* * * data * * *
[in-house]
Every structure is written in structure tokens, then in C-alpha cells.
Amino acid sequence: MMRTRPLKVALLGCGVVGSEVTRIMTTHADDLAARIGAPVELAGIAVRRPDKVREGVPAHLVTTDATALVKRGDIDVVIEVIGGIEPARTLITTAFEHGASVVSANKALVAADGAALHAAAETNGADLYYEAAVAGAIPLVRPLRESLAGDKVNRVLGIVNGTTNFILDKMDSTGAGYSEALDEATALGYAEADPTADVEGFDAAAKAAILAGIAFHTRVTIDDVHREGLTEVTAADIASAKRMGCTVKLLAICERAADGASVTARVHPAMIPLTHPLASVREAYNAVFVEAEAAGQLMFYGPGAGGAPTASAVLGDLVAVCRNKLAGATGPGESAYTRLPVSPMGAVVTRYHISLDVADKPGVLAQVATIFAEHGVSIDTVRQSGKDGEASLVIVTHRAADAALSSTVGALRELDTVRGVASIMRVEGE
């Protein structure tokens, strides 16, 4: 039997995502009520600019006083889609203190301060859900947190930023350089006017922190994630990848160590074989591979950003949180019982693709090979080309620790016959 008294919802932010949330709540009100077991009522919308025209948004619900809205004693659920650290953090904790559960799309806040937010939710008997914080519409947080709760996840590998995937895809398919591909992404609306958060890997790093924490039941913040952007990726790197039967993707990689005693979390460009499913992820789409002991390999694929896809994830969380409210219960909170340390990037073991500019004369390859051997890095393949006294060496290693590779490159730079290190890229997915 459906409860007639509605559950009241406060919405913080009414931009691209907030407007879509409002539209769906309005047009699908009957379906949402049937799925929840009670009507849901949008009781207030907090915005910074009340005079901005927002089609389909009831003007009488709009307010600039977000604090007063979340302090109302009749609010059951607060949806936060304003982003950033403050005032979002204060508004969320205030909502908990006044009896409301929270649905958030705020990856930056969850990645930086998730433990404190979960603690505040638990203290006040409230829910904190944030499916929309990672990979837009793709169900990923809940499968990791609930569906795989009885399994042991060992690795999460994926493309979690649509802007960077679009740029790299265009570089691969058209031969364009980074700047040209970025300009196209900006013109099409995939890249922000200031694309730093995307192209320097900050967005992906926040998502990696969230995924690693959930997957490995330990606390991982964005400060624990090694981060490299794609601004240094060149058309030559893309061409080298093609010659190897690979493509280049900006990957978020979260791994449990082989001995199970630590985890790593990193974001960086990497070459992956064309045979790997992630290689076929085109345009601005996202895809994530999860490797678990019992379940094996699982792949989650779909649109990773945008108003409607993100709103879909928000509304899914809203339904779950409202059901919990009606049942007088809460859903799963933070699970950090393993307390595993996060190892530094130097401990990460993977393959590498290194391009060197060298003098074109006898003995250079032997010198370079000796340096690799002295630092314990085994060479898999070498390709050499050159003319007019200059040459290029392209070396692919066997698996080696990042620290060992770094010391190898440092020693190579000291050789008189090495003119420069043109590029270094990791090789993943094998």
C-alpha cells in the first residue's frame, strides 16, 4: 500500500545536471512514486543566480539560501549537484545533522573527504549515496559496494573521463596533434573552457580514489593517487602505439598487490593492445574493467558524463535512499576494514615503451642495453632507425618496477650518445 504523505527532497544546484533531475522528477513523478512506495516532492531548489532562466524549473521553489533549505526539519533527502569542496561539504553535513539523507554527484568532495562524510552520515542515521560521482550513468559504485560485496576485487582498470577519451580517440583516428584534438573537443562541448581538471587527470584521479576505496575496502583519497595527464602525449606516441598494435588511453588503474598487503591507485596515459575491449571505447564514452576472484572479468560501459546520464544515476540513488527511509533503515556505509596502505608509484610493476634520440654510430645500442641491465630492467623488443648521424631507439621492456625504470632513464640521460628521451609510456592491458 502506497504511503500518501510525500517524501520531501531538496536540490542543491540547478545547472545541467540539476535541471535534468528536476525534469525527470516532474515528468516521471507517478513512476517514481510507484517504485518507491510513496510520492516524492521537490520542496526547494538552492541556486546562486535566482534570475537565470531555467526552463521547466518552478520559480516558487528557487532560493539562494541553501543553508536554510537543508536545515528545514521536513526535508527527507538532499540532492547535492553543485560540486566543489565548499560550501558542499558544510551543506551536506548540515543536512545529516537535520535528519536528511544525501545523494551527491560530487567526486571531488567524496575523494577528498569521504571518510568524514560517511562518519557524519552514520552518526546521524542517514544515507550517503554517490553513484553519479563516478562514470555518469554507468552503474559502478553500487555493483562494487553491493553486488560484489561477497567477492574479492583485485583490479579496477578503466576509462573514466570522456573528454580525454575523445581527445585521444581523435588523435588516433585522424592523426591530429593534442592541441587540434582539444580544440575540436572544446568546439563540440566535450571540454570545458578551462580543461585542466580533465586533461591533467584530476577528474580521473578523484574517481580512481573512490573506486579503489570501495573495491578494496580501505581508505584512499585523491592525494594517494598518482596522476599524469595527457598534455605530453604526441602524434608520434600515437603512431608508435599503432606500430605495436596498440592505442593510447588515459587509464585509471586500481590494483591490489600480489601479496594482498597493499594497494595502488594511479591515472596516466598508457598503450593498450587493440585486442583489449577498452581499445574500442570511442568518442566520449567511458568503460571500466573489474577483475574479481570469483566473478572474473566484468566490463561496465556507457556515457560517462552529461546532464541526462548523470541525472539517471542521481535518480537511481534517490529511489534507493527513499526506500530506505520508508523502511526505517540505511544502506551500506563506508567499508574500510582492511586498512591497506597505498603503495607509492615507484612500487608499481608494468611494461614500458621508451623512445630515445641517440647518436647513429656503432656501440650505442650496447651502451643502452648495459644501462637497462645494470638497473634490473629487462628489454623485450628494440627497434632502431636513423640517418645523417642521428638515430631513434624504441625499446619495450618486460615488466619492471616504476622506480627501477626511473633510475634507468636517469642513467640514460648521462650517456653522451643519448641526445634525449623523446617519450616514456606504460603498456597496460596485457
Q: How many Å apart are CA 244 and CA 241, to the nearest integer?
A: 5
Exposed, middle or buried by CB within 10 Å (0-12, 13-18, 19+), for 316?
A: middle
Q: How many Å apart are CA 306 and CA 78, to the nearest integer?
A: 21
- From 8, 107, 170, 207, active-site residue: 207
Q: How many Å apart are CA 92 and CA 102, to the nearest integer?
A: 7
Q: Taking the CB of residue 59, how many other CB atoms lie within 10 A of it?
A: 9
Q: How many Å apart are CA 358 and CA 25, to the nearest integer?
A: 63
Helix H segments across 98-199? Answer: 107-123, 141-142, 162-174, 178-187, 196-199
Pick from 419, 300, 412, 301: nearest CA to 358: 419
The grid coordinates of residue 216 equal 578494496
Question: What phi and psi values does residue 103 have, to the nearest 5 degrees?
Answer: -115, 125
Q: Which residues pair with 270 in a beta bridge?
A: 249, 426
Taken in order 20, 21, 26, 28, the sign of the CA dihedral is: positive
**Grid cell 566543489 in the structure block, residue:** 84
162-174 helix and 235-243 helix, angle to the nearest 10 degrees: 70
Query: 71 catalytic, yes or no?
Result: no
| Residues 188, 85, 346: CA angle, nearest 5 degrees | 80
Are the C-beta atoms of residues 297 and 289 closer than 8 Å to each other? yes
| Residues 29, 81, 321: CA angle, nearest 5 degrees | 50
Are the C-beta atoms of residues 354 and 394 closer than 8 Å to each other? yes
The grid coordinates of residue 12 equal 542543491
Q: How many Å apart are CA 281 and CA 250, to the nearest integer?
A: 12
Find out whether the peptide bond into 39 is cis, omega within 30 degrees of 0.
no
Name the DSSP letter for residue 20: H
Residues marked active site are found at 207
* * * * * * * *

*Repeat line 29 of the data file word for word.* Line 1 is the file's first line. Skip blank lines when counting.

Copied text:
Query: 71 catalytic, yes or no?